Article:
By RAMON JASON M. JAVIER, MD
Program Director, MUCHSEP, and Director, CESAU
The UERMMMCI COMMUNITY EXTENSION AND Social Action Unit (CESAU) launched "Nutri-Chika: Usapan Para sa at Tungkol sa Nutrisyon" in July 2010 as a partner program to the feeding program for malnourished children of Area 38 Kapiligan in Brgy. Doña Imelda, where UERM belongs.
Nutri-Chika was the culmination of a series of soup kitchen sessions conducted from October 2009 to February 2010, which initially was designed to help families whose homes were submerged and destroyed by tropical storm Ondoy.
Nutri-Chika was conducted in partnership with the Multi-Disciplinary Urban Community Health Services Extension Program (MUCHSEP) of the College of Medicine. A total of 35 children, aged 2 to 6 years, were recruited to participate in the feeding session. However, at the end of the six-month programonly 23 completed the course. The menus served throughout the feeding sessions were designed to ensure caloric build-up among the identified malnourished children who were enrolled in the program. The 16-cycle food menu was prepared by Ms. Gemma De Leon, RND, Head of the Dietary Section of the UERM Memorial Hospital. The menu was also patterned after the recommendations of the Food and Nutrition Research Institute.
The Nutri-Chika feeding program's primary objective was to support the sustainability of the nutritional improvement of the children via regular
feeding sessions and through the improvement of their mothers' knowledge, attitudes and practices regarding proper nutrition.
The feeding sessions were divided into two phases. The intensive phase was carried out for two months, providing one complete meal per day to each child, four times a week. The maintenance phase consisted of one
complete meal per day, three times a week and ran for a total of four months. throughout the feeding sessions, milk supplementation was provided.
Nutri-Chika's medium was a series of innovative Mothers' CLasses given every saturday morning over a period of six weeks. Instead of the usual lecture-type of classes, cases were given as a jump-off point for the focus-group discussions among the mothers and the facilitator, and discussions revolved primarily around improving the mothers' present knowledge base and correcting misperceptions.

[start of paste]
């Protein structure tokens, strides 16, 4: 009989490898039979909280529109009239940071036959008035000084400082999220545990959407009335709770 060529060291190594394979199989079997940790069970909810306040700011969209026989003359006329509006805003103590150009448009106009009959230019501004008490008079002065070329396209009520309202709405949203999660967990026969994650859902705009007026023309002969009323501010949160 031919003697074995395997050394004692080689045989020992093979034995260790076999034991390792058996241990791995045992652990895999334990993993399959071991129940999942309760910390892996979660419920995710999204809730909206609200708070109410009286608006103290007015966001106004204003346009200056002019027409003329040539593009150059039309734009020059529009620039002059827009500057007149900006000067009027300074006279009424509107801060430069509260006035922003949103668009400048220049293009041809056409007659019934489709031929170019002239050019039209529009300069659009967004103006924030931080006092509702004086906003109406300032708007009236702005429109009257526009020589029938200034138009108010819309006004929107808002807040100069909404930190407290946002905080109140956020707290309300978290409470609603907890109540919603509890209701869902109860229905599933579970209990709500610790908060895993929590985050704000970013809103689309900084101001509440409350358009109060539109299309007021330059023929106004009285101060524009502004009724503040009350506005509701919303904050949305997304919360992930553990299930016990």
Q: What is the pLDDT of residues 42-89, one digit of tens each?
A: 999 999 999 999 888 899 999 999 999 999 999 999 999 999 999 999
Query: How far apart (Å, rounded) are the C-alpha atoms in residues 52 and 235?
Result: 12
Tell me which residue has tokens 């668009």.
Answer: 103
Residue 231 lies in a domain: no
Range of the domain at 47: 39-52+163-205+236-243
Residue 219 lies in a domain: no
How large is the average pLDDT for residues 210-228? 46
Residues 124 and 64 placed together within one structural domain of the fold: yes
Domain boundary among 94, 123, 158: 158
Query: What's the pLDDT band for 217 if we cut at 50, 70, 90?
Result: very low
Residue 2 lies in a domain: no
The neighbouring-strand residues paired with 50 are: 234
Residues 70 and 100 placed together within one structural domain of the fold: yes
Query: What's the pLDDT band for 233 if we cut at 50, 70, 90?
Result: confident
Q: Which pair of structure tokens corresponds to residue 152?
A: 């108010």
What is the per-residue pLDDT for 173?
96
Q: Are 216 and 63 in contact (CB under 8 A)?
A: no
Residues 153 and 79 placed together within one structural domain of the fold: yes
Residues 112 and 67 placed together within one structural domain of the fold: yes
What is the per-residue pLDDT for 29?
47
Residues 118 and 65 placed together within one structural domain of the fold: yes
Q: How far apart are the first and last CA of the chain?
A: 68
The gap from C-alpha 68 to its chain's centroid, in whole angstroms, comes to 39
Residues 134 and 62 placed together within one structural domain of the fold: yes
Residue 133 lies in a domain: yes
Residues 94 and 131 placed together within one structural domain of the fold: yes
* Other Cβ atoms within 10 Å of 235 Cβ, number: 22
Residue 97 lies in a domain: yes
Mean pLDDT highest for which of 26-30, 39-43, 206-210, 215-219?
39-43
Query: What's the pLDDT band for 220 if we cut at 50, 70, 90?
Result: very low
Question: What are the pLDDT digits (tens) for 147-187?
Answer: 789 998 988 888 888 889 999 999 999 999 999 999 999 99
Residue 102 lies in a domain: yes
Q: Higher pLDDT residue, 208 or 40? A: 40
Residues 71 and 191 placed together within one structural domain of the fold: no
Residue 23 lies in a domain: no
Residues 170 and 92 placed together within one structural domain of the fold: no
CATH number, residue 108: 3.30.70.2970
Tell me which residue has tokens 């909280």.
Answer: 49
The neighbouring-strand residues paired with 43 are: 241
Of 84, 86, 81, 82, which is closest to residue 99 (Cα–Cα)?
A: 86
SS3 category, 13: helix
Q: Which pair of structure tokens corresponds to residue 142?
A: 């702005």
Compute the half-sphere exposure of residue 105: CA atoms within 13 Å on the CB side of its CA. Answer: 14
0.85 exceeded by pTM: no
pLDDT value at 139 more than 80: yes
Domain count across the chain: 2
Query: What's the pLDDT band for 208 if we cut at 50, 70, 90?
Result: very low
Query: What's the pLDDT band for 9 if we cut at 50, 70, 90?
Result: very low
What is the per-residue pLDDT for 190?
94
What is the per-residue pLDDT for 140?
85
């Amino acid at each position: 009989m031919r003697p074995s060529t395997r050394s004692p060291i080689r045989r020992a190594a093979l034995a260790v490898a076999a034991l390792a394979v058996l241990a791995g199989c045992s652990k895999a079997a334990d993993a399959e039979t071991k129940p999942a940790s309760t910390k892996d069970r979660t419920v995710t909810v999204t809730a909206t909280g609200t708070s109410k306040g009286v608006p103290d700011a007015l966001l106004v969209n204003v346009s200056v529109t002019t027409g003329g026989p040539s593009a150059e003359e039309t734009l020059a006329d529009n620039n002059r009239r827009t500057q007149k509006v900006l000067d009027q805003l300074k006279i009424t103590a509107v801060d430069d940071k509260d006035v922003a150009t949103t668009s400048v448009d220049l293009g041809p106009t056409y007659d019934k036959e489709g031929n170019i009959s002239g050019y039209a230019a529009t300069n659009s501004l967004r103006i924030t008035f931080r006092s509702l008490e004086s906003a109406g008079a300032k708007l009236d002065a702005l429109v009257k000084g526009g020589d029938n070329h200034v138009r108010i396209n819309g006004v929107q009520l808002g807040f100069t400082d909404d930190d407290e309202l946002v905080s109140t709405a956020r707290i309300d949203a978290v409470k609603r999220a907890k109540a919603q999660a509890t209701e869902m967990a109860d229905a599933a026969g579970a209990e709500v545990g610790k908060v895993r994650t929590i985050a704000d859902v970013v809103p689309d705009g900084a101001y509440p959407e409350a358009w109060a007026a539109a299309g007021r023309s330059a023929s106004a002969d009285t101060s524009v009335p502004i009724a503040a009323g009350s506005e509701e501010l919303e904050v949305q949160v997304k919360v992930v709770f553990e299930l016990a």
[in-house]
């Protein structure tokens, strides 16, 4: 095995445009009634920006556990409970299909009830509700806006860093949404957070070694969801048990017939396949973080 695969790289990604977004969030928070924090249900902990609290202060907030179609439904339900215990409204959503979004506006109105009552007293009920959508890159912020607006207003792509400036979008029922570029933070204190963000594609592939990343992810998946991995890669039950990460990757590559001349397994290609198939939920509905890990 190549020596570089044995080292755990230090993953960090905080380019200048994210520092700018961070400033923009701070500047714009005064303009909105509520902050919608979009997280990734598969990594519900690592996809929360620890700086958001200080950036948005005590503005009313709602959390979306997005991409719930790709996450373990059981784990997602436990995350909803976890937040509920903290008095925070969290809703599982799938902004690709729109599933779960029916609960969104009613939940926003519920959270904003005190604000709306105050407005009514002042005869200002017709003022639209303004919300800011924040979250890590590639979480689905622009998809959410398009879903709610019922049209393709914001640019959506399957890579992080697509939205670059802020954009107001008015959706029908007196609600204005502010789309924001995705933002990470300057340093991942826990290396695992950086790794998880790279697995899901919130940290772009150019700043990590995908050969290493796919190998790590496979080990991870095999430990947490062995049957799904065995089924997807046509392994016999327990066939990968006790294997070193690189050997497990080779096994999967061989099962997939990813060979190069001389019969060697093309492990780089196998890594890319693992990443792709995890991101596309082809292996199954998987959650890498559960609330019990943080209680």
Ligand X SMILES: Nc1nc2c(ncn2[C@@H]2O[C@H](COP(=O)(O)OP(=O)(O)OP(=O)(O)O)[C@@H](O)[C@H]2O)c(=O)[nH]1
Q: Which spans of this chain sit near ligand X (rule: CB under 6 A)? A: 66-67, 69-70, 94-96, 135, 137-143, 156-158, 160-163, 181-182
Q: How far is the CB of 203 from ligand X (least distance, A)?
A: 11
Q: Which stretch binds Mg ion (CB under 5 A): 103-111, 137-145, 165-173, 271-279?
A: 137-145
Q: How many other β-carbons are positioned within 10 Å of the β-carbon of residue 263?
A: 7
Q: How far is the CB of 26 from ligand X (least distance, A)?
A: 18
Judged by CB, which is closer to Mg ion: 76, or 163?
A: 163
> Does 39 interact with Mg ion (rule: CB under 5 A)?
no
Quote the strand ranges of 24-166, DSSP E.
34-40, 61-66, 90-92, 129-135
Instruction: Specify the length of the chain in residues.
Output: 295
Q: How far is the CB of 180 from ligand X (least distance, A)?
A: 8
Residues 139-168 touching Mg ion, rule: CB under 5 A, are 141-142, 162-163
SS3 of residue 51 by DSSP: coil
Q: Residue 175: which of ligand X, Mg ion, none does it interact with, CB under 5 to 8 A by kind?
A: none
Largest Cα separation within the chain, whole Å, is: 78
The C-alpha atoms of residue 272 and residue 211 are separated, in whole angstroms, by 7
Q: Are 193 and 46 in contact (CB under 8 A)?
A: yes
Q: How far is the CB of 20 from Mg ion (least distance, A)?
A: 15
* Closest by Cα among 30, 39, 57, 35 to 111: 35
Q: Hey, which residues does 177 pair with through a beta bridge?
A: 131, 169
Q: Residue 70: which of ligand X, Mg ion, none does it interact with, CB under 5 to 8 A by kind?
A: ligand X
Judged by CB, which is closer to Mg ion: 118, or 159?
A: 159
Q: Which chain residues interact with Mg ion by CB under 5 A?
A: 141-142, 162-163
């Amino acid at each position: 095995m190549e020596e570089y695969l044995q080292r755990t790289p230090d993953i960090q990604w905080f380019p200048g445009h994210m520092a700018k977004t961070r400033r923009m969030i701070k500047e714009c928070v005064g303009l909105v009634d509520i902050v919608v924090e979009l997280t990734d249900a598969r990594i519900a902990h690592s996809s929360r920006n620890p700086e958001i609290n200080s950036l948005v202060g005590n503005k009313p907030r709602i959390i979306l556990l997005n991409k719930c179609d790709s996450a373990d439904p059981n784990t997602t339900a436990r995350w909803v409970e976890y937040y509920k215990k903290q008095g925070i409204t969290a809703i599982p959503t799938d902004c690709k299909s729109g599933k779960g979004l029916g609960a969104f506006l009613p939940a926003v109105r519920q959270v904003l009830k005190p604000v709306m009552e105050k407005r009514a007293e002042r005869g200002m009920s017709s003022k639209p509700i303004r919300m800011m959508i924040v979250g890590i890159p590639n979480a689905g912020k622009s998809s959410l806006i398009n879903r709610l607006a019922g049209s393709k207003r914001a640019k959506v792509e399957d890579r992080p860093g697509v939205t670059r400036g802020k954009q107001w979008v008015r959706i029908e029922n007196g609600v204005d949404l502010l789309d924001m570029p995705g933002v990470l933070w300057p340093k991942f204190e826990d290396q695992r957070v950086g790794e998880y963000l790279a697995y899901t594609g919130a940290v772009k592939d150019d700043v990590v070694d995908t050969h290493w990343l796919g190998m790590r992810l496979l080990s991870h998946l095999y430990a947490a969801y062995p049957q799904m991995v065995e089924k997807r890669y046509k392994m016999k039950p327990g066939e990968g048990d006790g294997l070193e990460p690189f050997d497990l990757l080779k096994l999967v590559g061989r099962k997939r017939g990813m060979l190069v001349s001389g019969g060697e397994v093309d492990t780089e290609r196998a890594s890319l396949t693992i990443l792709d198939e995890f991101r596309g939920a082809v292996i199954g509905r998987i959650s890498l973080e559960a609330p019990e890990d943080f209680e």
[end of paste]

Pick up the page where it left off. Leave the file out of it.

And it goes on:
Topics for the Mothers' classes included (1) identification of nutritious food and their appropriate alternatives, (2) proper food handling and preparation, (4) proper food storage, (4) food-related illnesses, (5) monitoring the growth and nutritional status of children, and (6) busting food myths.
A baseline survey of the mothers'present knowledge, attitudes and practices was taken before the implementation of the classes. Pre-tests and post-tests were given during each class, and a final survey of their knowledge, attitudes and practices was done at the end of the program to monitor for changes. These mothers were also in charge of marketing and preparing the food viands served during the feeding program, and this activity was used as a measure of the actual practice of what they knew and what they were taught.
Compilation of the test results showed an increase in the mothers' scores on their knowledge, attitudes and practices regarding nutrition from the baseline. Aside from the Mothers' Classes, this improvement is also attributed to the fact that most of the participants had a good grasp of good nutritional practices, and they have been recipients of various, past health-related lectures given in the community. The program initially enrolled 18 mothers, but only 15 of them finished the Mothers' classes.
The six Mothers' Classes were facilitated by members of the (1) Dietary Section of the UERM Memorial Hospital's Dietary Department, headed by Ms. Gemma De Leon; (2) Mrs. Elvira Lim and her team of students of the College of Nursing; (3) Dr. Lana Jomi Alcon of the Department of Physiology; (4) Dr. Marianbelle Tablante of the Department of Pediatrics; and (5) Drs. Franciosa Gavino, Ramon Jason Javier and Georgina Paredes of the Department of Preventive and Community Medicine.
Nutri-Chika was made possible through the generosity and efforts of various faculty members of the College of Medicine (specifically from the Departments of Biochemistry , Physiology and Pathology) and Graduate School, as well as members of the medical alumni in the United States.